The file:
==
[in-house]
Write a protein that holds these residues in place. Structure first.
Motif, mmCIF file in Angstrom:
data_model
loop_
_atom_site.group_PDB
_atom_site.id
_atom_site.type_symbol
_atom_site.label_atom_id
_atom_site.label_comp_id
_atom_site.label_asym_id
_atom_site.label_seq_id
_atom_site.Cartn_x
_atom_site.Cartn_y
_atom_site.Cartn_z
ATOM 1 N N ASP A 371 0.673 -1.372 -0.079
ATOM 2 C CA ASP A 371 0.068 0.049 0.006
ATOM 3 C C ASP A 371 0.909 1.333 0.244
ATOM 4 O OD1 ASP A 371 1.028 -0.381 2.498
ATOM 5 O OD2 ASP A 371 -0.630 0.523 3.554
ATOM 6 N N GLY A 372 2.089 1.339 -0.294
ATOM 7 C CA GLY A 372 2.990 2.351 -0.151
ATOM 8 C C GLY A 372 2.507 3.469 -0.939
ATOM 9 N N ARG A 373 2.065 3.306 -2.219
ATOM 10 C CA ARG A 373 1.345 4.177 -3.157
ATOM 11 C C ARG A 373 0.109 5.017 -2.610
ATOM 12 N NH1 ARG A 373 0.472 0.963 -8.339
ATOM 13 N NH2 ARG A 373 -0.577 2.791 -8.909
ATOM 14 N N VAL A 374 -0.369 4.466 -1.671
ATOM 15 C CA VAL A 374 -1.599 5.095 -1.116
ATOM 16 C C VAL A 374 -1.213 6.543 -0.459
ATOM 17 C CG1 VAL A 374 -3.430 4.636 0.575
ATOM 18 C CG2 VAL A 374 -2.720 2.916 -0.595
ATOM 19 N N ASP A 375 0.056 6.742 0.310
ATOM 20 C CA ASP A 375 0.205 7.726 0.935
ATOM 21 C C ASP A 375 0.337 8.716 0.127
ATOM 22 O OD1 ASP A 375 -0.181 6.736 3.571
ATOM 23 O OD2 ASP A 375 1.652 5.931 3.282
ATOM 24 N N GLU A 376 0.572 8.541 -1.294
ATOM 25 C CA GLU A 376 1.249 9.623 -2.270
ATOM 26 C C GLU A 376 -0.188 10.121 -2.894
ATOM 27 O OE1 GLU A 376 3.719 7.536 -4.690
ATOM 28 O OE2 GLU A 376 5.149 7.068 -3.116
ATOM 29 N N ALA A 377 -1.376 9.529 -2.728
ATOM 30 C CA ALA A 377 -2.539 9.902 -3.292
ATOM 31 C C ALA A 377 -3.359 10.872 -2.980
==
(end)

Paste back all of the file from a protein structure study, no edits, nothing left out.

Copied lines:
[in-house]
Write a protein that holds these residues in place. Structure first.
Motif, mmCIF file in Angstrom:
data_model
loop_
_atom_site.group_PDB
_atom_site.id
_atom_site.type_symbol
_atom_site.label_atom_id
_atom_site.label_comp_id
_atom_site.label_asym_id
_atom_site.label_seq_id
_atom_site.Cartn_x
_atom_site.Cartn_y
_atom_site.Cartn_z
ATOM 1 N N ASP A 371 0.673 -1.372 -0.079
ATOM 2 C CA ASP A 371 0.068 0.049 0.006
ATOM 3 C C ASP A 371 0.909 1.333 0.244
ATOM 4 O OD1 ASP A 371 1.028 -0.381 2.498
ATOM 5 O OD2 ASP A 371 -0.630 0.523 3.554
ATOM 6 N N GLY A 372 2.089 1.339 -0.294
ATOM 7 C CA GLY A 372 2.990 2.351 -0.151
ATOM 8 C C GLY A 372 2.507 3.469 -0.939
ATOM 9 N N ARG A 373 2.065 3.306 -2.219
ATOM 10 C CA ARG A 373 1.345 4.177 -3.157
ATOM 11 C C ARG A 373 0.109 5.017 -2.610
ATOM 12 N NH1 ARG A 373 0.472 0.963 -8.339
ATOM 13 N NH2 ARG A 373 -0.577 2.791 -8.909
ATOM 14 N N VAL A 374 -0.369 4.466 -1.671
ATOM 15 C CA VAL A 374 -1.599 5.095 -1.116
ATOM 16 C C VAL A 374 -1.213 6.543 -0.459
ATOM 17 C CG1 VAL A 374 -3.430 4.636 0.575
ATOM 18 C CG2 VAL A 374 -2.720 2.916 -0.595
ATOM 19 N N ASP A 375 0.056 6.742 0.310
ATOM 20 C CA ASP A 375 0.205 7.726 0.935
ATOM 21 C C ASP A 375 0.337 8.716 0.127
ATOM 22 O OD1 ASP A 375 -0.181 6.736 3.571
ATOM 23 O OD2 ASP A 375 1.652 5.931 3.282
ATOM 24 N N GLU A 376 0.572 8.541 -1.294
ATOM 25 C CA GLU A 376 1.249 9.623 -2.270
ATOM 26 C C GLU A 376 -0.188 10.121 -2.894
ATOM 27 O OE1 GLU A 376 3.719 7.536 -4.690
ATOM 28 O OE2 GLU A 376 5.149 7.068 -3.116
ATOM 29 N N ALA A 377 -1.376 9.529 -2.728
ATOM 30 C CA ALA A 377 -2.539 9.902 -3.292
ATOM 31 C C ALA A 377 -3.359 10.872 -2.980